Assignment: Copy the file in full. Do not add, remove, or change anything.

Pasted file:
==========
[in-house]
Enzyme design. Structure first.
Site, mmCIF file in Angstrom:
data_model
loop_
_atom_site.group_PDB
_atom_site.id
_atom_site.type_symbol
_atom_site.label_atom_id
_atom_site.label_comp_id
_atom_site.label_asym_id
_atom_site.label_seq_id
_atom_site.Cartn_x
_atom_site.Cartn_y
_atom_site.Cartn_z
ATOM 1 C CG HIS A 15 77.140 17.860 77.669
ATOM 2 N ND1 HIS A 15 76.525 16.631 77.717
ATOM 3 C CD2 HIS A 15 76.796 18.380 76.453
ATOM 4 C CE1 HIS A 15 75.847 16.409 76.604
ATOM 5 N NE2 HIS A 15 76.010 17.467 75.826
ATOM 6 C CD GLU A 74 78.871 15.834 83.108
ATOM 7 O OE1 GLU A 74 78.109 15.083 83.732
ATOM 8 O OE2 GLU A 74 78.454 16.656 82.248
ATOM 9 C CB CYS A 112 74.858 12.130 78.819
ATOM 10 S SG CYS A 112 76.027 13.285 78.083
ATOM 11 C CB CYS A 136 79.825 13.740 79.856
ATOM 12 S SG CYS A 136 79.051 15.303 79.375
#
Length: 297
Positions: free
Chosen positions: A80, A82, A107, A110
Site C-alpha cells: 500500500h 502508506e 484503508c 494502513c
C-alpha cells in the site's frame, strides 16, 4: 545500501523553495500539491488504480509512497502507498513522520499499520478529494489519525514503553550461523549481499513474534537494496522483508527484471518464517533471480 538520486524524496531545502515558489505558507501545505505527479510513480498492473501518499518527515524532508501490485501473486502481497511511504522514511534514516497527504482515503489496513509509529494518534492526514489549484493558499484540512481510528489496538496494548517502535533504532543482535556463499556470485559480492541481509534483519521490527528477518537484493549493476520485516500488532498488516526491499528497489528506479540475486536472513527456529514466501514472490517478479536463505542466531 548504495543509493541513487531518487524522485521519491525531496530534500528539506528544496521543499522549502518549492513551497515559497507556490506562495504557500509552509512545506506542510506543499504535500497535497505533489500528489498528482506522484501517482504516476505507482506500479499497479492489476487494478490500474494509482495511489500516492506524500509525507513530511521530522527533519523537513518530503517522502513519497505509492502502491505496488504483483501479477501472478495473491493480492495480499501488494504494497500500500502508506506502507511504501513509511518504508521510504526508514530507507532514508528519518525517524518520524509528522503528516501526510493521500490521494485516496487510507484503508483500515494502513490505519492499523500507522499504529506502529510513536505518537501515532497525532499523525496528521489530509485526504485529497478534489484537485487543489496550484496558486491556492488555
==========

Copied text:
[in-house]
Enzyme design. Structure first.
Site, mmCIF file in Angstrom:
data_model
loop_
_atom_site.group_PDB
_atom_site.id
_atom_site.type_symbol
_atom_site.label_atom_id
_atom_site.label_comp_id
_atom_site.label_asym_id
_atom_site.label_seq_id
_atom_site.Cartn_x
_atom_site.Cartn_y
_atom_site.Cartn_z
ATOM 1 C CG HIS A 15 77.140 17.860 77.669
ATOM 2 N ND1 HIS A 15 76.525 16.631 77.717
ATOM 3 C CD2 HIS A 15 76.796 18.380 76.453
ATOM 4 C CE1 HIS A 15 75.847 16.409 76.604
ATOM 5 N NE2 HIS A 15 76.010 17.467 75.826
ATOM 6 C CD GLU A 74 78.871 15.834 83.108
ATOM 7 O OE1 GLU A 74 78.109 15.083 83.732
ATOM 8 O OE2 GLU A 74 78.454 16.656 82.248
ATOM 9 C CB CYS A 112 74.858 12.130 78.819
ATOM 10 S SG CYS A 112 76.027 13.285 78.083
ATOM 11 C CB CYS A 136 79.825 13.740 79.856
ATOM 12 S SG CYS A 136 79.051 15.303 79.375
#
Length: 297
Positions: free
Chosen positions: A80, A82, A107, A110
Site C-alpha cells: 500500500h 502508506e 484503508c 494502513c
C-alpha cells in the site's frame, strides 16, 4: 545500501523553495500539491488504480509512497502507498513522520499499520478529494489519525514503553550461523549481499513474534537494496522483508527484471518464517533471480 538520486524524496531545502515558489505558507501545505505527479510513480498492473501518499518527515524532508501490485501473486502481497511511504522514511534514516497527504482515503489496513509509529494518534492526514489549484493558499484540512481510528489496538496494548517502535533504532543482535556463499556470485559480492541481509534483519521490527528477518537484493549493476520485516500488532498488516526491499528497489528506479540475486536472513527456529514466501514472490517478479536463505542466531 548504495543509493541513487531518487524522485521519491525531496530534500528539506528544496521543499522549502518549492513551497515559497507556490506562495504557500509552509512545506506542510506543499504535500497535497505533489500528489498528482506522484501517482504516476505507482506500479499497479492489476487494478490500474494509482495511489500516492506524500509525507513530511521530522527533519523537513518530503517522502513519497505509492502502491505496488504483483501479477501472478495473491493480492495480499501488494504494497500500500502508506506502507511504501513509511518504508521510504526508514530507507532514508528519518525517524518520524509528522503528516501526510493521500490521494485516496487510507484503508483500515494502513490505519492499523500507522499504529506502529510513536505518537501515532497525532499523525496528521489530509485526504485529497478534489484537485487543489496550484496558486491556492488555